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Social and Behavioral Sciences Commons

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2013

Surge

Race and Ethnicity

Articles 1 - 30 of 30

Full-Text Articles in Social and Behavioral Sciences

Down At The Cross, Elena Perez-Zetune Nov 2013

Down At The Cross, Elena Perez-Zetune

SURGE

For the first thirteen years of my familial life, I walked a block to devoutly pray to statues with open arms, promising open gates- my radiant mother walking with once thin father, hand in hand like a teenage couple. My sister, with her thick night-black curly hair, skipped and fell every other step, not due to young age but simply an unfortunate quarrel with gravity. Always trailing close behind was my brother clutching his precious cards shouting, “I choose you Pikachu” along the way.

From kindergarten through eighth grade, I walked through the hallways of my Catholic primary school. The ...


Fearless: Eric Lee, Eric J. Lee Nov 2013

Fearless: Eric Lee, Eric J. Lee

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Snapping pictures of his fellow Gettysburgians around campus as the visual communications intern, and fearlessly working with other students to create, organize, and lead the new Asian Student Alliance (ASA) group on campus, Eric Lee ’15 finds himself at the crossroads of art and activism.

New to campus this year after two years in the making, the ASA is a student-led, -run, and -organized group focused on celebrating different Asian cultures and heritages, closing the gap between international and domestic students, and creating a social, cultural, and political forum for students to dialogue, specifically about issues facing Asian communities. [excerpt]


Overheard At Gettysburg, Rashida Aluko-Roberts, Zakiya A. Brown, Monae S. Evans Oct 2013

Overheard At Gettysburg, Rashida Aluko-Roberts, Zakiya A. Brown, Monae S. Evans

SURGE

Monday. In Old TKE. A student of color is called in the hallway to hear the “funniest thing ever.” (giggling) “Night night little nigglet.”

Tuesday. In an AFS class. “I’m pretty sure the majority of black students in my private school were there because of sports.”

Wednesday. In Musselman. Woman: “I can’t believe Trayvon Martin got shot because someone thought skittles was a weapon.” Man: “To be honest, he did look suspicious because he was black.” [excerpt]


Fearless: Emily Cranfill, Emily J. Cranfill Oct 2013

Fearless: Emily Cranfill, Emily J. Cranfill

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Emily Cranfill ’15 has been getting a lot of attention recently, but not necessarily for all of the volunteering, organizations, and groups with which she’s normally involved. Since first hearing last week about the Ku Klux Klan’s (KKK) plans to come protest in the town of Gettysburg, Emily has been inspired to take action by organizing a Rally for Unity Against Hate on campus this Saturday afternoon while the KKK will be protesting. And the responses to her fearless ideas, enthusiasm, and initiative have been staggering. [excerpt]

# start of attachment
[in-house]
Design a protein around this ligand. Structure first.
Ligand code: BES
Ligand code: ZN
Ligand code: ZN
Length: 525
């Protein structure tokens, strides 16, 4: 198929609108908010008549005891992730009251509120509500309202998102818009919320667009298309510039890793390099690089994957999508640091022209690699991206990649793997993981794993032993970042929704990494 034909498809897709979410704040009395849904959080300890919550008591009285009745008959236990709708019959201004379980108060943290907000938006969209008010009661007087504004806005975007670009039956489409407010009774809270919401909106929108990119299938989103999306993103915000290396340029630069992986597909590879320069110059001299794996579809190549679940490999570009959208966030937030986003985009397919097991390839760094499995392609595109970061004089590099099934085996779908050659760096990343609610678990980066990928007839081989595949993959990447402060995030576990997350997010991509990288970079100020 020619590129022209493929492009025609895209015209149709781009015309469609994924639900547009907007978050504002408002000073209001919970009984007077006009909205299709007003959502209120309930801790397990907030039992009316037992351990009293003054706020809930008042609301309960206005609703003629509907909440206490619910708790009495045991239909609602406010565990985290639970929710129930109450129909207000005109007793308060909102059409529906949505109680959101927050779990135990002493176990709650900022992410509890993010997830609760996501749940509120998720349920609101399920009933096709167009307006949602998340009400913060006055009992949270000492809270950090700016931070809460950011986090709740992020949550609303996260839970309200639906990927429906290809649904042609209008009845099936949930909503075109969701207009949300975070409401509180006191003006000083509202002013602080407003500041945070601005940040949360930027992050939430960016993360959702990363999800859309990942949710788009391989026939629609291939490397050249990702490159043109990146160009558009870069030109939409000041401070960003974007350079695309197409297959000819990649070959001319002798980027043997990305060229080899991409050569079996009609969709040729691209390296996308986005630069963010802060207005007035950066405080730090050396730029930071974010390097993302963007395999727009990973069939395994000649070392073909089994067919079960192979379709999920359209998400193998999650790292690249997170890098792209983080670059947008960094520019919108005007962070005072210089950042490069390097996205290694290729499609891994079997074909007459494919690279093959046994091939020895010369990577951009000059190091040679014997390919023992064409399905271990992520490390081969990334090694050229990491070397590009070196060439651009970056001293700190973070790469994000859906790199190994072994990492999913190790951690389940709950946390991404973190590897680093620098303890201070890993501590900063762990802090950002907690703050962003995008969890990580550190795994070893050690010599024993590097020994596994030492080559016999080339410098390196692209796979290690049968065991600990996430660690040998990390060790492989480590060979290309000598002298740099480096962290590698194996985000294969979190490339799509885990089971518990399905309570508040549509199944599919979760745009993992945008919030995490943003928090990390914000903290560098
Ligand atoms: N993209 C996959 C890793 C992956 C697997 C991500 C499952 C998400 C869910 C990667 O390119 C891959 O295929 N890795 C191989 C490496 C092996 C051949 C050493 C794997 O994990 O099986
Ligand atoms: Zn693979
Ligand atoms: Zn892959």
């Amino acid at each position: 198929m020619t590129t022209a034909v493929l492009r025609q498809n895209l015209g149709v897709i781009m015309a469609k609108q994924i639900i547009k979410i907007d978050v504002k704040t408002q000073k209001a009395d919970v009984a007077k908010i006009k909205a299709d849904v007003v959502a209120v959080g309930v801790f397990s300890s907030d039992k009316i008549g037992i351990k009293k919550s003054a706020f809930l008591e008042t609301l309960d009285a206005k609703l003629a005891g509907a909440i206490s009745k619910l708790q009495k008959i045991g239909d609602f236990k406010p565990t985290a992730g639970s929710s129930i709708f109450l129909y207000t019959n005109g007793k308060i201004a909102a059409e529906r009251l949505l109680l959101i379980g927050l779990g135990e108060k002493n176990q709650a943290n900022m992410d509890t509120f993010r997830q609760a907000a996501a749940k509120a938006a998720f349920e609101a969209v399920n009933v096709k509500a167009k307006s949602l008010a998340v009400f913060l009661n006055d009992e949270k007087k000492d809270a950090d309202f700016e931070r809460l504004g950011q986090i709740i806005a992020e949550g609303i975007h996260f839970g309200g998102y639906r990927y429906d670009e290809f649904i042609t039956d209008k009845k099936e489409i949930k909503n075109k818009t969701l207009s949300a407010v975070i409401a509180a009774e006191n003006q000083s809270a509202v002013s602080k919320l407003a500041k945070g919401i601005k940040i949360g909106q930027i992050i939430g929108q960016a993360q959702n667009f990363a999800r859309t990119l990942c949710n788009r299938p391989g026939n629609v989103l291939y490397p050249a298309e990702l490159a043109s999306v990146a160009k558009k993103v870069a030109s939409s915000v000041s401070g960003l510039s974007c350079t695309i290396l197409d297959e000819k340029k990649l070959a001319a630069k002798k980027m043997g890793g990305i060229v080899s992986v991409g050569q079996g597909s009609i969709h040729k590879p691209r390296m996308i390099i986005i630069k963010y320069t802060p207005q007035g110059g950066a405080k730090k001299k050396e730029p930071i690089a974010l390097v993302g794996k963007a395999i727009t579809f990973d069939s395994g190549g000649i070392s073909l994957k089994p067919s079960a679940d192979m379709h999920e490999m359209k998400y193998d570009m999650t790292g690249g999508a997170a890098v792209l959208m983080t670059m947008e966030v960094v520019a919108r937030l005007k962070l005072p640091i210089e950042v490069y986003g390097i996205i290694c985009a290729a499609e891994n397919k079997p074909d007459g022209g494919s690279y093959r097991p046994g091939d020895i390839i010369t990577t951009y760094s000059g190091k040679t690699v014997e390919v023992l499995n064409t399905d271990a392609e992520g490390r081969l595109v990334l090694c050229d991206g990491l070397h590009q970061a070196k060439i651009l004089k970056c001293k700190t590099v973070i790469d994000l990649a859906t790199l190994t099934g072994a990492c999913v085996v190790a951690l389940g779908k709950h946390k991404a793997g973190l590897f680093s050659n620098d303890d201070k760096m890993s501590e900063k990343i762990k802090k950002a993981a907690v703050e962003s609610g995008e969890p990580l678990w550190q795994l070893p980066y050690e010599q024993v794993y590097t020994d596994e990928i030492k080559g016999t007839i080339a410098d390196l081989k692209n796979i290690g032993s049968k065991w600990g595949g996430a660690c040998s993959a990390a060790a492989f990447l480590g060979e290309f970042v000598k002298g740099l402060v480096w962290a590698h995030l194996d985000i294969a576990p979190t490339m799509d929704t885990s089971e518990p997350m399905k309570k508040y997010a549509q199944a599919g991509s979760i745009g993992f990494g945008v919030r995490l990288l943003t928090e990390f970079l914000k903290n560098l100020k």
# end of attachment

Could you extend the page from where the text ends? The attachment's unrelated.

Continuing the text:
Red Drops For A Rainbow, Zakiya A. Brown Oct 2013

Red Drops For A Rainbow, Zakiya A. Brown

SURGE

Splashes of pool water licked my ankles, scenting my coffee-colored toes with chlorine. Bareback guardians, robed in red, hovered high as flocks of fleshy tangible innocence skipped jubilantly across the pool deck and disappeared into a wet square pocket of sapphire. [excerpt of poem]


Fearless (Saturday): Michael Hannum, Michael W. Hannum Sep 2013

Fearless (Saturday): Michael Hannum, Michael W. Hannum

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In celebration of Alumni Homecoming Weekend and Hispanic Heritage Week, we proudly feature Michael Hannum, member of the Class of 2011, for his fearless commitment to fighting for social justice issues and his continued involvement in serving the Adams County community. Currently working with the Lincoln Intermediate Unit’s Migrant Education Program as a Recruitment Coordinator, Michael began finding his passion for helping identify families in the migrant community who need extra educational support when he was a first-year student just looking for something to do. [excerpt]


Fearless: Jessie Pierce, Jessie M. Pierce Sep 2013

Fearless: Jessie Pierce, Jessie M. Pierce

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A vocal advocate for socio-environmental justice issues and a believer in the potential for social change in the developing world, Jessie Pierce ’14 fearlessly travels, volunteers, and researches to promote awareness and change. Studying abroad last year for both semesters, spending one semester in Denmark and one in India, gave Jessie the interest, skills, and drive to continue pursuing a deeper understanding of these issues while at Gettysburg. [excerpt]


What's So Funny 'Bout Peace, Love, And Understanding, Jordan G. Cinderich Sep 2013

What's So Funny 'Bout Peace, Love, And Understanding, Jordan G. Cinderich

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Last Saturday I stood on Stine Lake with a group of friends to pray and spread a message of “Peace for Syria.” This event was sponsored by the Newman Association in response to Pope Francis’s request that “Christians, and our brothers and sisters of other religions and every man and woman of good will, cry out forcefully: Violence and war are never the way to peace!” Students of all religions and backgrounds came to support us, and it was a very rewarding day for me as a Catholic and as a human longing for world peace and understanding. [excerpt]


Fearless: Aleksandra Petkova, Aleksandra V. Petkova Sep 2013

Fearless: Aleksandra Petkova, Aleksandra V. Petkova

SURGE

Consistently serving the campus community, conducting new research in psychology, and leading younger students to realizations about their own roles in fighting for social Justice, Aleksandra Petkova ’14 has fearlessly pursued opportunities to promote social change all four of her years here at Gettysburg.


The Shortcomings Of A "Diverse" College Campus, Chelsea E. Broe Aug 2013

The Shortcomings Of A "Diverse" College Campus, Chelsea E. Broe

SURGE